Neat Tricks Gordo
Created on 10/1/2008
Have you noticed in all the financial mayhem that one guy is walking the walk and talking the talk, has a jaunty air, a smile on his face and a glint in his eye? I talk of the UK’s esteemed leader, step forward the Right Honorable Gordon Brown.
Our man at Number 10 Downing Street has rediscovered himself during the present crisis. This is turning into, he hopes, his Falklands War. If he can steer us through the financial and economic super storm raging all around us he will go down in history as one of the great leaders of our history. You can see him sniffing the air, scenting the battle and relishing the challenge. The man clearly believes that history has ordained it is his destiny to be here now, at this precise moment.
He is clearly picking fights that he can win, for example with the economic basket case, which goes under the name of the country of Iceland. That cursed place has imploded and is in real difficulty. All three of their main banking institutions have either gone belly up or been nationalized totally. The results are now becoming obvious to British individuals, businesses and local government areas. We stand to lose billions of pounds because the Icelandic government has frozen the pay back of any of their deposits whilst maintaining a guarantee for their own people. In anger driven revenge Gordon, now attired in his Batman suit, used the terrorism laws to freeze all Icelandic assets in the UK. He has threatened the Prime Minister of Iceland that if the British assets are not repaid then he will repay these to the British people affected using the Icelandic assets he has seized to do so.
Like the Icelandic Prime Minister I have to question the use of the anti terrorism laws to seize another country’s non-associated assets in the UK.
Brown claims that Iceland acted illegally by not honoring their bank guarantees, so how can Britain justify breaking international law by way of retribution?
These are very murky issues as is much that is happening across the world. For example, how is the British bank bail out actually going to work?
It looks like the government, on the behalf of all the citizens of the UK is supporting these banks, one way or another up to a figure of £500,000,000,000, 000 (Five hundred billion pounds or about $.85 trillion) of our money. That is one third, approximately, of our annual gross domestic product. That is a lot of money!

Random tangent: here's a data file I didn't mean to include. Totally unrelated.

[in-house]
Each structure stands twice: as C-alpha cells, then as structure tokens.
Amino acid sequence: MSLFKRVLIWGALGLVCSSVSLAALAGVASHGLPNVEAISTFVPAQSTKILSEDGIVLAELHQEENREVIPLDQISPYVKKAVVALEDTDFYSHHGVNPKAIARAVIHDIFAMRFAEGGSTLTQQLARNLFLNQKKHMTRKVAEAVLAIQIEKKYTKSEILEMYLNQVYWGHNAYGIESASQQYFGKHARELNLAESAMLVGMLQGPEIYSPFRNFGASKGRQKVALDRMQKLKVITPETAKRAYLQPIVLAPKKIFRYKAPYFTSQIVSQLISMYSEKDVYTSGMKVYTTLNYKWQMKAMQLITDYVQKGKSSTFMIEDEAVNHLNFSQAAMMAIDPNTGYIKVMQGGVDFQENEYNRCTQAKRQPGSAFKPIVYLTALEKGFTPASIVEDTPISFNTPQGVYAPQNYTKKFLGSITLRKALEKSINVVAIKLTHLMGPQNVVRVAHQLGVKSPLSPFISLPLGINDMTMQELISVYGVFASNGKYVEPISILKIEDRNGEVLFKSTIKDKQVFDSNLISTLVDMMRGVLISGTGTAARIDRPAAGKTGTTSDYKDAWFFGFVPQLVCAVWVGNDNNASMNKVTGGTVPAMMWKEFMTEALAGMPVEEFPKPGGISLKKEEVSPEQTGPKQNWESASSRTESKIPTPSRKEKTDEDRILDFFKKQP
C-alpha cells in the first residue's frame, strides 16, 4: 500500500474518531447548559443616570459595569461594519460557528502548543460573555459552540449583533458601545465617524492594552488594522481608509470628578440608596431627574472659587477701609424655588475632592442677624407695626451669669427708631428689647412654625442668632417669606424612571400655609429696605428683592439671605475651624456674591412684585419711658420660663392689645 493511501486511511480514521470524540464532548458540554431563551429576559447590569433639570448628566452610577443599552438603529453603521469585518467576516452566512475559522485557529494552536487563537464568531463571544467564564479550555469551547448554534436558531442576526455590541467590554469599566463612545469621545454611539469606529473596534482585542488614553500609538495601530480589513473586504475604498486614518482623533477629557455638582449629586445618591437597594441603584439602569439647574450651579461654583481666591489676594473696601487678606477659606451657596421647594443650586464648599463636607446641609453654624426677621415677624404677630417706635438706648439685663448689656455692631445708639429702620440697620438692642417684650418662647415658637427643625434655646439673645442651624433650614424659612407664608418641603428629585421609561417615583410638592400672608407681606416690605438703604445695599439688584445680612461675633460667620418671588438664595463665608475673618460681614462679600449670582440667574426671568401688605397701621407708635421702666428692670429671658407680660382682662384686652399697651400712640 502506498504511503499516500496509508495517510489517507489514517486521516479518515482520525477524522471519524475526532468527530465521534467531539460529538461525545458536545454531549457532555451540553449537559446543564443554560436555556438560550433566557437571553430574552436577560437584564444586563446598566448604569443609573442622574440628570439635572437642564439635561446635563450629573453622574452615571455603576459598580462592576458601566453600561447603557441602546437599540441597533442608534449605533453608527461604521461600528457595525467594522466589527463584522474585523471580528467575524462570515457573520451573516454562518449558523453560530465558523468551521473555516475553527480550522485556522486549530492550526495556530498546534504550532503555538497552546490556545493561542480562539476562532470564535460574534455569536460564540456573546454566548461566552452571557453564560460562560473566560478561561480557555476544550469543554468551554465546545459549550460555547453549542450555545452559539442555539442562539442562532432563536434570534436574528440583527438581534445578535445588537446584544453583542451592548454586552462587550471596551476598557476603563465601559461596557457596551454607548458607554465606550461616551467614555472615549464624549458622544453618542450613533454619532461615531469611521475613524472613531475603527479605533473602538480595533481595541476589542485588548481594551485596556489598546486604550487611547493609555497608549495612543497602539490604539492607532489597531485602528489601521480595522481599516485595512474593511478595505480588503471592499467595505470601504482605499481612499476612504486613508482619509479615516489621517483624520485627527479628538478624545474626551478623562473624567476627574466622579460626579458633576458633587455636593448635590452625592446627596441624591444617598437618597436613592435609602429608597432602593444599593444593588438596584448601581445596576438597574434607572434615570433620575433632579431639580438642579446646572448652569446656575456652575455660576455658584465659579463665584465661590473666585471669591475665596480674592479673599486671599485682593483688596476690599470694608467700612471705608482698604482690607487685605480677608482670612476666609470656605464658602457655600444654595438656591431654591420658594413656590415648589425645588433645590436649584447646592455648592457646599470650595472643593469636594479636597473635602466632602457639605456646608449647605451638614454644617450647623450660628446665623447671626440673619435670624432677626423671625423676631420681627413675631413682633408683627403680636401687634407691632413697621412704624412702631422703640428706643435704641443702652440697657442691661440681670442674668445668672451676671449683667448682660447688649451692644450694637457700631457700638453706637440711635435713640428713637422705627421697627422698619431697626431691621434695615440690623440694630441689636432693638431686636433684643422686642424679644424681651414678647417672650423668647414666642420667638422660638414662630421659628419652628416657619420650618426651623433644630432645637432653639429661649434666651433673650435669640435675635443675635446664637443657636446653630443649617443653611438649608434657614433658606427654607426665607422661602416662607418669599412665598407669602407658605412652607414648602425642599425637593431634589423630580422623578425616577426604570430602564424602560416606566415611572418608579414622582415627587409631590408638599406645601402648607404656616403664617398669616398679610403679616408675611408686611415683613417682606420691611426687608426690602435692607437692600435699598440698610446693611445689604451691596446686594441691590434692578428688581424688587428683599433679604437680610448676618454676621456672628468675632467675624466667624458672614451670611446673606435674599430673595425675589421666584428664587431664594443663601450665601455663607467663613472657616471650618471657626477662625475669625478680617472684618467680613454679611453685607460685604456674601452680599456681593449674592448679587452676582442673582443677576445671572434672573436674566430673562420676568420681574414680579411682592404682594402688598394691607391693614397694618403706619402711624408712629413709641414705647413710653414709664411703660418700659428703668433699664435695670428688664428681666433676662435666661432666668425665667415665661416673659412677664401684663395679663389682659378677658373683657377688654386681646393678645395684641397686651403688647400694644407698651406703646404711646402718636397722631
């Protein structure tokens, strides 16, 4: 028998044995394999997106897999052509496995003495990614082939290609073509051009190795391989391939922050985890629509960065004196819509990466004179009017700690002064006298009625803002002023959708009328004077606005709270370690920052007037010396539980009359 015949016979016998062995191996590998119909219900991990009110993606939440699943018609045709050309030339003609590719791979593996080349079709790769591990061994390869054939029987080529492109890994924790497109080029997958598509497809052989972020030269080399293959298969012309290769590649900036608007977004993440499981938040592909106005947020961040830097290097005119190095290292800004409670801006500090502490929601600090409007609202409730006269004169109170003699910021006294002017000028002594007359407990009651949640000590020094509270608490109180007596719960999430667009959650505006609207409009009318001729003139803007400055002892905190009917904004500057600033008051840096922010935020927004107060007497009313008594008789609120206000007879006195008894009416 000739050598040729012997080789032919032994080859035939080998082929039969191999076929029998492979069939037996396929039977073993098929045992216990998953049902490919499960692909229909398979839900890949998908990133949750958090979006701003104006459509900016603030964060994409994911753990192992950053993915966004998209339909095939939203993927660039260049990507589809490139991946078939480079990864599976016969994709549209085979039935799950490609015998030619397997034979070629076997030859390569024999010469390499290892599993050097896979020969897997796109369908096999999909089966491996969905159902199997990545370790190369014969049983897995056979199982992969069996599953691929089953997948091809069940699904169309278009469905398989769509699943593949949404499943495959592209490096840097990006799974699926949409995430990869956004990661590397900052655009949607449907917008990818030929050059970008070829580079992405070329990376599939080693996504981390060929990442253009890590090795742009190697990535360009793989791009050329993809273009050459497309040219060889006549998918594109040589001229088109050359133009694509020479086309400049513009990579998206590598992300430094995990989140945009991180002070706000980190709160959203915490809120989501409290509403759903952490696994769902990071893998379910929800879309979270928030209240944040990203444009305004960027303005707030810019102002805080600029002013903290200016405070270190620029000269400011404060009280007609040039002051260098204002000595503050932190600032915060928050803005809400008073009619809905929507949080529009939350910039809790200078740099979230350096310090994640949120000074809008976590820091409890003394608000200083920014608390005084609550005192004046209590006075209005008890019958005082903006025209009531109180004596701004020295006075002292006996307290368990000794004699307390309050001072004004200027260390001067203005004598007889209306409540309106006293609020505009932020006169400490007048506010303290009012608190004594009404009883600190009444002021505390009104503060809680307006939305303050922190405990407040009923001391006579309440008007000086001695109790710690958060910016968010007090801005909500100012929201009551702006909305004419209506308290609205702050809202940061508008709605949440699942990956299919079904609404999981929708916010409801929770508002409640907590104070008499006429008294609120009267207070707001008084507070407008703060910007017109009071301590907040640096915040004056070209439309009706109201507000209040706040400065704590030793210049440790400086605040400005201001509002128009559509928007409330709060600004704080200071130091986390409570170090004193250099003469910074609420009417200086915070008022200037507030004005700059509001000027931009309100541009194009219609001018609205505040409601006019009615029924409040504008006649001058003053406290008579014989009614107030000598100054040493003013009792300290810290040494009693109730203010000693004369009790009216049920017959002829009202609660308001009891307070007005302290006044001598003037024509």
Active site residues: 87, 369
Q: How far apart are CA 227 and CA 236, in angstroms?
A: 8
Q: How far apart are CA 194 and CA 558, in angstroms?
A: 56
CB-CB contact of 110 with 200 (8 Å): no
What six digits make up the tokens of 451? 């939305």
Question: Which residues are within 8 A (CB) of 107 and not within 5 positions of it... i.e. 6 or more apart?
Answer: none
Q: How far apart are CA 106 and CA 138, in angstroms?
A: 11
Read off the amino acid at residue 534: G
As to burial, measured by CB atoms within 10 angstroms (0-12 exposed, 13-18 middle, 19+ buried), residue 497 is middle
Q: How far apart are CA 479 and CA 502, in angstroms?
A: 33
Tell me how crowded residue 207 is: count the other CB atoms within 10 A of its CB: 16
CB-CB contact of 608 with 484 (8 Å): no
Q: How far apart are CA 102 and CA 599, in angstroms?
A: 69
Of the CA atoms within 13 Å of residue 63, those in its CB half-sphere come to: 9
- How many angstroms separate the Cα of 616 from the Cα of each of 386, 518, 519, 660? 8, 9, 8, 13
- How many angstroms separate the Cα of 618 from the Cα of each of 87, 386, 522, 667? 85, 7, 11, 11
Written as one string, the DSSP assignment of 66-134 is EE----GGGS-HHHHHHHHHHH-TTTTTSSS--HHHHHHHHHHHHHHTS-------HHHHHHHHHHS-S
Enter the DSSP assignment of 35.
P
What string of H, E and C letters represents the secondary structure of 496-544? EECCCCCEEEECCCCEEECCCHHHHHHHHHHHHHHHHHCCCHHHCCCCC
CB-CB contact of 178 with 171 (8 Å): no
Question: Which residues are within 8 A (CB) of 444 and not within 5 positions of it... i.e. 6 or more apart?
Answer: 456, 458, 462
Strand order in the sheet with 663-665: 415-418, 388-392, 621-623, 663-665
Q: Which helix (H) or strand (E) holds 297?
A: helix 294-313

The neat trick is that Gordo has also announced that there will not be any reduction of public spending, and has hinted that there will also not be any tax increases. The latter supposition I am prone to believe as there will be an election some time next year and the costs of all this palaver will start to become clear after the next regime is in power. One thing is for sure; we shall all be paying for this long into our future.
Even more perverse is the fact that this money, which we, the great British public are lending to the banks, without any choice on our part, is in turn going to be lent back to us, as individuals and businesses. We will, no doubt, be charged the going rate of interest.
So, if we are lucky enough to be considered credit worthy after our money has been forcibly removed from our wallets we will be able to borrow this same money back. Is this where we are surprised as the man jumps out from behind the wall and says, “Smile you’re on candid camera!”?
No wonder Gordon Brown predicts that the country won’t lose by this transaction. It isn’t his money, or the country’s money at risk; it is my money, and your money. It will be the citizens of the country who will be losing.
Of course this is made even more tragic and unbearable in that Mr. Brown is right to do what he’s doing, and the rest of the world could do a great deal worse than emulate his actions which are likely to prove far more effective than the American and others global efforts so far. But there is a sad and underlying truth to be told; despite everyone’s efforts the market is continuing to panic, and while that holds true all bets are off and it will all continue to unravel in an increasingly fast paced crash.
Personally I think we all need a time out, perhaps one week with all the markets closed down so that everyone can catch their collective breath during which the great economic powers can construct an agreed series of actions to bring these potentially terrible economic events to an end before the human costs become unbearable.
Gordon, in the meantime forgive me for doubting that you are a magician, I thought I caught you smiling and laughing yesterday, you looked almost boyish. I’m beginning to believe you should have a new name, from here on let’s call you the master of mayhem. I’ll write anything if you can help lead the world back from the brink, you big adorable Scotsman. Here, do you want another £5; I think I still have a fiver left over.